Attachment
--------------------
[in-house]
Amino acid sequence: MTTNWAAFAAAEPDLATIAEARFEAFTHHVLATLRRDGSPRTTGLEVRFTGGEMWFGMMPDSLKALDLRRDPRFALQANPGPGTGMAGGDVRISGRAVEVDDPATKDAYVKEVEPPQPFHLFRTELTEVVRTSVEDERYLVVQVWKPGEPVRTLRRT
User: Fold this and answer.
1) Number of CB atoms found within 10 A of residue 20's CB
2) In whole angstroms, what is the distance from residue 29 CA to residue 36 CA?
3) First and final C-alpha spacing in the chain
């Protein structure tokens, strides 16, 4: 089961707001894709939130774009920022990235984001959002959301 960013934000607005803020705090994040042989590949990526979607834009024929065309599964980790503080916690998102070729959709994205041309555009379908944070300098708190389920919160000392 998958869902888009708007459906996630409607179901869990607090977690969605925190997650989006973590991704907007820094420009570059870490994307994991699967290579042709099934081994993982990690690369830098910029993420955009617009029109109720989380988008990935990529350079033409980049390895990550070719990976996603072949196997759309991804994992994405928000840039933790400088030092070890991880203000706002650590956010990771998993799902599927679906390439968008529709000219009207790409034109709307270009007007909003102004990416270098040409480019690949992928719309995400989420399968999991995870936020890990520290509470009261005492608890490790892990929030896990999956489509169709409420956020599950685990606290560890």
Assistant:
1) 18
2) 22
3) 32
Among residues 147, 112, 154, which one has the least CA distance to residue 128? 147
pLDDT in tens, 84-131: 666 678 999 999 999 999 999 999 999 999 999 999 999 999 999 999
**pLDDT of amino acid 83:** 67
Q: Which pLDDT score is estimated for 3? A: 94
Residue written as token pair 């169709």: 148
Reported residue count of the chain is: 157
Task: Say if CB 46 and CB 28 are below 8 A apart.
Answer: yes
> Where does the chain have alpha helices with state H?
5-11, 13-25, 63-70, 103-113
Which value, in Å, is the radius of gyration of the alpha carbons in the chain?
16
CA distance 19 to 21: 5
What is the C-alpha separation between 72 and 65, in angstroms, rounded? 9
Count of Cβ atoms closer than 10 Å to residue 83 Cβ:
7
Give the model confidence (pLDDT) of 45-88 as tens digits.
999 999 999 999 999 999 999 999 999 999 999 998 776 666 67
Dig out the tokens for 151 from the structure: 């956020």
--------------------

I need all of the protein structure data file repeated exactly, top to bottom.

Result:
[in-house]
Amino acid sequence: MTTNWAAFAAAEPDLATIAEARFEAFTHHVLATLRRDGSPRTTGLEVRFTGGEMWFGMMPDSLKALDLRRDPRFALQANPGPGTGMAGGDVRISGRAVEVDDPATKDAYVKEVEPPQPFHLFRTELTEVVRTSVEDERYLVVQVWKPGEPVRTLRRT
User: Fold this and answer.
1) Number of CB atoms found within 10 A of residue 20's CB
2) In whole angstroms, what is the distance from residue 29 CA to residue 36 CA?
3) First and final C-alpha spacing in the chain
């Protein structure tokens, strides 16, 4: 089961707001894709939130774009920022990235984001959002959301 960013934000607005803020705090994040042989590949990526979607834009024929065309599964980790503080916690998102070729959709994205041309555009379908944070300098708190389920919160000392 998958869902888009708007459906996630409607179901869990607090977690969605925190997650989006973590991704907007820094420009570059870490994307994991699967290579042709099934081994993982990690690369830098910029993420955009617009029109109720989380988008990935990529350079033409980049390895990550070719990976996603072949196997759309991804994992994405928000840039933790400088030092070890991880203000706002650590956010990771998993799902599927679906390439968008529709000219009207790409034109709307270009007007909003102004990416270098040409480019690949992928719309995400989420399968999991995870936020890990520290509470009261005492608890490790892990929030896990999956489509169709409420956020599950685990606290560890």
Assistant:
1) 18
2) 22
3) 32
Among residues 147, 112, 154, which one has the least CA distance to residue 128? 147
pLDDT in tens, 84-131: 666 678 999 999 999 999 999 999 999 999 999 999 999 999 999 999
**pLDDT of amino acid 83:** 67
Q: Which pLDDT score is estimated for 3? A: 94
Residue written as token pair 């169709």: 148
Reported residue count of the chain is: 157
Task: Say if CB 46 and CB 28 are below 8 A apart.
Answer: yes
> Where does the chain have alpha helices with state H?
5-11, 13-25, 63-70, 103-113
Which value, in Å, is the radius of gyration of the alpha carbons in the chain?
16
CA distance 19 to 21: 5
What is the C-alpha separation between 72 and 65, in angstroms, rounded? 9
Count of Cβ atoms closer than 10 Å to residue 83 Cβ:
7
Give the model confidence (pLDDT) of 45-88 as tens digits.
999 999 999 999 999 999 999 999 999 999 999 998 776 666 67
Dig out the tokens for 151 from the structure: 């956020």